How Baghdad is punishing the Kurds post-referendum

Iraq has not been discouraged by the US State Department's call for calm.

A STATUE of a Peshmerga fighter in Kirkuk. Kurds voted, now the question shifts to what their neighbors will do. (photo credit: REUTERS)
A STATUE of a Peshmerga fighter in Kirkuk. Kurds voted, now the question shifts to what their neighbors will do.
(photo credit: REUTERS)
In the wake of the Kurdistan independence referendum, Iraq’s central government took the unusual step of closing two international airports in the Kurdish region of northern Iraq Friday, Iraqi troops have been sent to Turkey and Iran for military drills along the borders of the Kurdish region, and the Iraqi parliament is seeking to strip Kurdish MPs of immunity.
Iraq’s central government also is being pushed to sanction the Kurdish region by its Shi’a parties, which form the majority of the parliament.
Iraqi Prime Minister Haider al-Abadi has tried to balance threats with action in the wake of the September 25 referendum that saw 93% of voters in the Kurdish region support independence.
“The Kurdistan Region has to cancel the result of the unconstitutional referendum and then engage in serious dialogue,” he said on October 2.
Flight ban imposed on Iraq"s Kurdish region after vote, September 29, 2017. (Reuters)
Abadi has not been discouraged by the US State Department’s call for calm.
On Friday, Secretary of State Rex Tillerson said: “We call upon the central government to reject threats or even allusion to possible use of force. The US asks all parties, including Iraq’s neighbors, to reject unilateral action and the use of force.”
There has been talk of Abadi meeting with Kurdish President Masoud Barzani under the auspices of an invitation by French President Emmanuel Macron.
But it appears any reconciliation between Erbil and Baghdad is not forthcoming.
The Kurdistan region enjoys autonomy in Iraq, and that has meant running its own airports; borders; maintaining its own Peshmerga security forces; and exporting oil through its own economic management.
Baghdad now wants to use the referendum as an excuse to roll that back.
With the war on the Islamic State seemingly close to an end, Baghdad wants to punish the Kurdish region for seeking independence.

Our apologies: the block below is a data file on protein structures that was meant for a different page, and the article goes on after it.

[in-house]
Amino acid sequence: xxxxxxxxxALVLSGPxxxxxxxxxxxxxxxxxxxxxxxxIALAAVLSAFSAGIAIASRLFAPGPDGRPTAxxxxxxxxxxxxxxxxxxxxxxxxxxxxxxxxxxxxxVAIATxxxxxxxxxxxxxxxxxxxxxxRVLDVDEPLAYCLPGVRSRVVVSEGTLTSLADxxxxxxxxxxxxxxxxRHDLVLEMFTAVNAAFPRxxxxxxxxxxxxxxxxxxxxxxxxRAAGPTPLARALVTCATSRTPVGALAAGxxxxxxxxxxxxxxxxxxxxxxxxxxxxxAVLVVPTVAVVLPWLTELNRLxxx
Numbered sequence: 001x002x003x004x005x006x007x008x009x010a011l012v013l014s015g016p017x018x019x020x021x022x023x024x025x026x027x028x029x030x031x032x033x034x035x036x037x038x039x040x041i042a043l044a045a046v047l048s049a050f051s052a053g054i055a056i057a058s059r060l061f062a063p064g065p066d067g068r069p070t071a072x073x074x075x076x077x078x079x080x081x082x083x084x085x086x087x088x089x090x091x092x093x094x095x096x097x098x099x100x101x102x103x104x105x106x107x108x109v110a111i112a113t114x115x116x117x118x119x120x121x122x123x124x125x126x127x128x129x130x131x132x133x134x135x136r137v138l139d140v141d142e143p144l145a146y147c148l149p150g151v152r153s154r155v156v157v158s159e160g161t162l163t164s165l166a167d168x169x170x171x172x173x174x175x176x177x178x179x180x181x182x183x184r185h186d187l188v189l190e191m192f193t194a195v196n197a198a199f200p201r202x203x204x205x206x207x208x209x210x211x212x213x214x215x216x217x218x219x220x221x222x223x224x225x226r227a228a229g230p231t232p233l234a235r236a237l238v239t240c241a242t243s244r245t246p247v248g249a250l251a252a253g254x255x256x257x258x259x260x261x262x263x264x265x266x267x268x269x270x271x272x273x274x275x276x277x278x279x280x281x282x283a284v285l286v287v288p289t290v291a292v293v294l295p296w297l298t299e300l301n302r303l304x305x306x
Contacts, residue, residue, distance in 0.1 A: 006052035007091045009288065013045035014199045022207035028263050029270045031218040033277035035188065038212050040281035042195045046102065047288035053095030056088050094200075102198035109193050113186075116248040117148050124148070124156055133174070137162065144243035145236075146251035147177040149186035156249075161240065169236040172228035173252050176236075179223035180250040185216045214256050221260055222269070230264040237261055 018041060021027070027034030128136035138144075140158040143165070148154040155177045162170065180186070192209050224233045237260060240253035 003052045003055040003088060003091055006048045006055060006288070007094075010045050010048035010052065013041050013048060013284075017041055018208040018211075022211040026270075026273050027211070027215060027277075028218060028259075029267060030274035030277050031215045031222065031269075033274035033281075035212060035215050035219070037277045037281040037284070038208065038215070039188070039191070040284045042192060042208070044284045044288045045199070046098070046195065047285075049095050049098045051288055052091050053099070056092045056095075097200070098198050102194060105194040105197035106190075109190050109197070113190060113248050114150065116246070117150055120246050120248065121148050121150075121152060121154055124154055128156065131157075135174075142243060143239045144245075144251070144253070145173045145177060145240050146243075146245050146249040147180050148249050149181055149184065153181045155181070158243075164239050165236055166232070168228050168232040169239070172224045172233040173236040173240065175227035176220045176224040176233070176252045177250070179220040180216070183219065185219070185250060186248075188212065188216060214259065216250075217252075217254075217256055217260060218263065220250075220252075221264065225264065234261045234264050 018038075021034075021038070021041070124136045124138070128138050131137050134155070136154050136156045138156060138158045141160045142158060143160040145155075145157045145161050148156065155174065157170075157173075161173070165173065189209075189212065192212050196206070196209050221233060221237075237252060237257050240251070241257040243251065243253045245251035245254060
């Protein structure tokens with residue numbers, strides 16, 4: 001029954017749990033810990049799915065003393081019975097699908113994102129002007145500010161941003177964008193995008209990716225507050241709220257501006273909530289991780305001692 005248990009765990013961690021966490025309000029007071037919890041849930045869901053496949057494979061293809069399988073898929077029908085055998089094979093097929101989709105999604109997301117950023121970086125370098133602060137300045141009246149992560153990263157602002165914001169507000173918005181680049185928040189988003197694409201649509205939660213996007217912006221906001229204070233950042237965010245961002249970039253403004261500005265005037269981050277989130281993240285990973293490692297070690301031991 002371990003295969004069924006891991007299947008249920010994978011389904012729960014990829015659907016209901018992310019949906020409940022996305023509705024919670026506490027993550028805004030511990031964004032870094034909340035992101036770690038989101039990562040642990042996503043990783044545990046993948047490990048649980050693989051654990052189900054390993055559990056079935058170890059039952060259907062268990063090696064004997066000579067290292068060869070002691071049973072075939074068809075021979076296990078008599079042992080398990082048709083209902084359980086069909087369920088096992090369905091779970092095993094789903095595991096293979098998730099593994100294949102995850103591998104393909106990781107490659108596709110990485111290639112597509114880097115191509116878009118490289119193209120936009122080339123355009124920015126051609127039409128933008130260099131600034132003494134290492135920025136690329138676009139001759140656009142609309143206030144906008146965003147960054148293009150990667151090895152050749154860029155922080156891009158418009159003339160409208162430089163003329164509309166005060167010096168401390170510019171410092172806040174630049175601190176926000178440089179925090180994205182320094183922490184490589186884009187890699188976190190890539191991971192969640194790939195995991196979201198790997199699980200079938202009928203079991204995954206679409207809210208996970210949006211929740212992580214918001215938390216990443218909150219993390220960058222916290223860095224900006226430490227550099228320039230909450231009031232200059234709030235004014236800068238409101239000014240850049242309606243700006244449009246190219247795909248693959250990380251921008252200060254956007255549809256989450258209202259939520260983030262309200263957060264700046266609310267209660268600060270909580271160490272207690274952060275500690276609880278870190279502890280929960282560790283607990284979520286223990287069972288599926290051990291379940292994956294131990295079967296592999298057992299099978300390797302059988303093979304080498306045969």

Because Iran and Turkey also have their own reasons for opposing the referendum in the Kurdish region, Iraq has found new allies in Ankara, and grown closer to its existing ally in Tehran.
The reported military exercises with Turkey were the start, and the military drills conducted in Iran on Monday are a continuation of Baghdad flexing its muscles. The Iranian exercise led to the closing of two border crossings between the Kurdish region and Iran, according to Rudaw, a local Kurdish TV channel. Iraqi Shi’a militias (Hashd al-Shaabi) that are aligned to Iran and the Iranian Revolutionary Guards Corps both participated, as well, Rudaw claimed.
The close cooperation of the Shi’a militias and Iran’s Shi’a forces is part of a wider Iranian influence among Shi’a groups, including Hezbollah, which now threaten the Kurdish region. Hezbollah leader Hassan Nasrallah on Monday condemned the referendum as the military drill was taking place.
For years, Kurdish Peshmerga officers and officials warned that the next conflict in Iraq might come between Kurds and the Hashd al-Shaabi. Now that appears increasingly likely.
Furthermore, the National Iraqi Alliance of Shi’a parties in parliament has sought to strip immunity from Kurdish MPs who supported the referendum.
But not everything is a black and white in the Shi’a-Kurdish divide.
Grand Ayatollah Ali Sistani, the leading Shia cleric, has called for dialogue with the Kurdish region. It was his 2014 fatwa that led to the creation of Hashd al-Shaabi to defend Iraq from Islamic State.
The real question facing the Kurdish region as it tries to respond to Baghdad’s attempts at isolation, is what Turkey will do.
Most of the economy of the KRG is focused on Turkey; on a recent trip there, I saw a sign claiming that a Turkish bank had its largest branch in Erbil, the capital of the KRG. There are Turkish hotels, contractors and Turkish investment.
Turkish President Recep Tayyip Erdogan is scheduled to travel to Iran on Wednesday. In the lead-up, Deputy Prime Minister Bekir Bozdag was quoted in Hurrityet as saying Turkey will act with “reason” in coordination with its neighbors. Its foreign minister, Mevlut Cavusoglu, told Anadolu news agency the KRG could “take a step back” and then Ankara would “restore ties” with the region if the drive for independence was stopped.
This indicates that Ankara would like to find a way to not enforce more sanctions on the Kurdish region, even as it threatens to do so.
There is, however, a fifth controversy that affects the KRG, Baghdad, Iran, Turkish nexus and that is the issue of Israel.
In the lead-up to the Kurdish referendum, Israeli flags appeared at pro-Kurdistan rallies, leading to conspiracy theories and claims about Israel’s role in the referendum.
On Sunday, Prime Minister Benjamin Netanyahu laughed off accusations of Israeli involvement, but he said Jerusalem has “deep, natural sympathy” for the Kurdish people.
One last problem the Kurds face in the balance of power in Iraq is that the country’s Sunnis have had their political power shattered.
Many Sunni cities lie in ruins after ISIS, and Shi’a flags dominate the landscape.
Controversial leader Nouri al-Maliki’s pre-2014 government marginalized and intimidated Sunni politicians, leading some, such as Tariq al-Hashimi, to flee the country. These were natural allies to the Kurds to counterbalance Baghdad’s power.
Now the Kurdish region increasingly stands alone against Baghdad and Iranian influence, and has taken a “wait and see” approach to the weeks after the referendum, hoping to weather the storm.
Baghdad thinks the storm has not begun.